Martin Luther, the protestant reformist, who lectured and preached in Wittenberg for forty years, advocated a seven point policy against the Jews. This included the burning of synagogues, burning their prayer books, prohibiting them from preaching, attacking their homes, taking their property and wealth. Martin Luther served the Nazis well as a precedent. His teaching was adopted with devastating effect.
One would have hoped that the world had since learnt a lot from the experience of Nazi Germany. Yet today we see still see suffering and killing because of racial hatred. Serbia and Bosnia, Sri Lanka, Sudan and now Syria, the list is a long one. Since the Second World War, those with political power and others who want it in many parts of the world have used weapons bought from Britain, the USA and Russia and other countries to oppress, torture and kill minorities. And we have also needlessly started several wars resulting in chaos and bloodshed. People have had to flee from their homes and countries in their hundreds of thousands.
There must be another way. That way is one of peace, which must begin with the love of people towards each other. That includes love for those who are different from the majority, love for those who are outside our community. Only when we are willing to take the sometimes more difficult and tortuous and possibly sacrificial journey towards peace, love and respect can we convince ourselves that we would have taken the honourable path, had we lived in Nazi Germany.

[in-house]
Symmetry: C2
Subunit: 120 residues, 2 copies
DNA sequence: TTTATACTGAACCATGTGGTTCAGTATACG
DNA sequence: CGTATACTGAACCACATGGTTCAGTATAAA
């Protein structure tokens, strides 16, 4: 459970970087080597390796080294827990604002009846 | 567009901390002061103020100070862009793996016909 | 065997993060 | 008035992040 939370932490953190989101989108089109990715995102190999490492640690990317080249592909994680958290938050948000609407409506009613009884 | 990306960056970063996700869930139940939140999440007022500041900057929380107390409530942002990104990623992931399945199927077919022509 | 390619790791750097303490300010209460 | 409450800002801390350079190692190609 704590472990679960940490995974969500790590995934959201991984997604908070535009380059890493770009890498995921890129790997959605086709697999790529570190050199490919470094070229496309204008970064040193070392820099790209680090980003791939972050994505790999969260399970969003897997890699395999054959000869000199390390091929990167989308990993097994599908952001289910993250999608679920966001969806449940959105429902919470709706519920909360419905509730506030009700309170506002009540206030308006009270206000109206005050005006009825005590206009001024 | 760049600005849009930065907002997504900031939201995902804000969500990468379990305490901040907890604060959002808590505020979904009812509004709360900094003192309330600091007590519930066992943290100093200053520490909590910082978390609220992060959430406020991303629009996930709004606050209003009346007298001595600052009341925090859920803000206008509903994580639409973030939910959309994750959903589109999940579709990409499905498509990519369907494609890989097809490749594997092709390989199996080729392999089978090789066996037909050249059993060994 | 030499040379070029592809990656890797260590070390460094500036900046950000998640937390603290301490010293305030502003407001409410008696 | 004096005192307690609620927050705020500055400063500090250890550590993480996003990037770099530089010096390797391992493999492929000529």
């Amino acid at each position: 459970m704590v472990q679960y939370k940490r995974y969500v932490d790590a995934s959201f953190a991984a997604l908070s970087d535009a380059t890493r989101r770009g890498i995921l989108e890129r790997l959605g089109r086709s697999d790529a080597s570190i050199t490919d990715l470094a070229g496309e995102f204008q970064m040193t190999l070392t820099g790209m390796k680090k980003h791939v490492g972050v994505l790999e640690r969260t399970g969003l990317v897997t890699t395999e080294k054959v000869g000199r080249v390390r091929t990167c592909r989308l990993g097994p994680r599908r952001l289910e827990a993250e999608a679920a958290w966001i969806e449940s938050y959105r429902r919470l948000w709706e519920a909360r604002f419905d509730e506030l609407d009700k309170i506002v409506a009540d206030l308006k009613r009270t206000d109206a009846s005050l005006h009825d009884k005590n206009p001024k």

Mae’r ateb yn nwfn ein calonnau ni. Caru cyd-ddyn yw sail gwareiddiad. Am y tro, fe geisiaf gyfleu fy nheimladau wrth deithio fy hun mewn trên i Ravensbrück:
If you wish to visit Ravensbrück today, for 20 euros or so you can take the comfortable train from Berlin. When I went on this train, I could not but imagine how my grandmother made the same journey, probably in a cattle truck. I have tried to express this in a short Welsh poem which attempts to compare this with my comfortable train journey.
Y DAITH OLAF
Pa fodd aethon nhw â thi i’r uffern hon?
yr un ddogfen sy’n gofnod i’th gaethiwed.
Tachwedd 1, 1944.
Tri deg o enwau eraill ar y ddalen,
dalen wedi’i theipio’n ddestlus gan swyddogion yr SS.
A’r rheswm am dy ddwyn?
Politisch, debyg iawn,
celwydd arall yn y pair celwyddau.
A thi o dras Iddewig,
roedd bod yn Iddewes yn wleidyddol farwol.
Does dim dygymod â’r dychymyg,
a ninnau’n awr yng nghysur trên deulawr,
wedi talu ugain ewro am y fraint
o deithio’r llwybr i ddifancoll.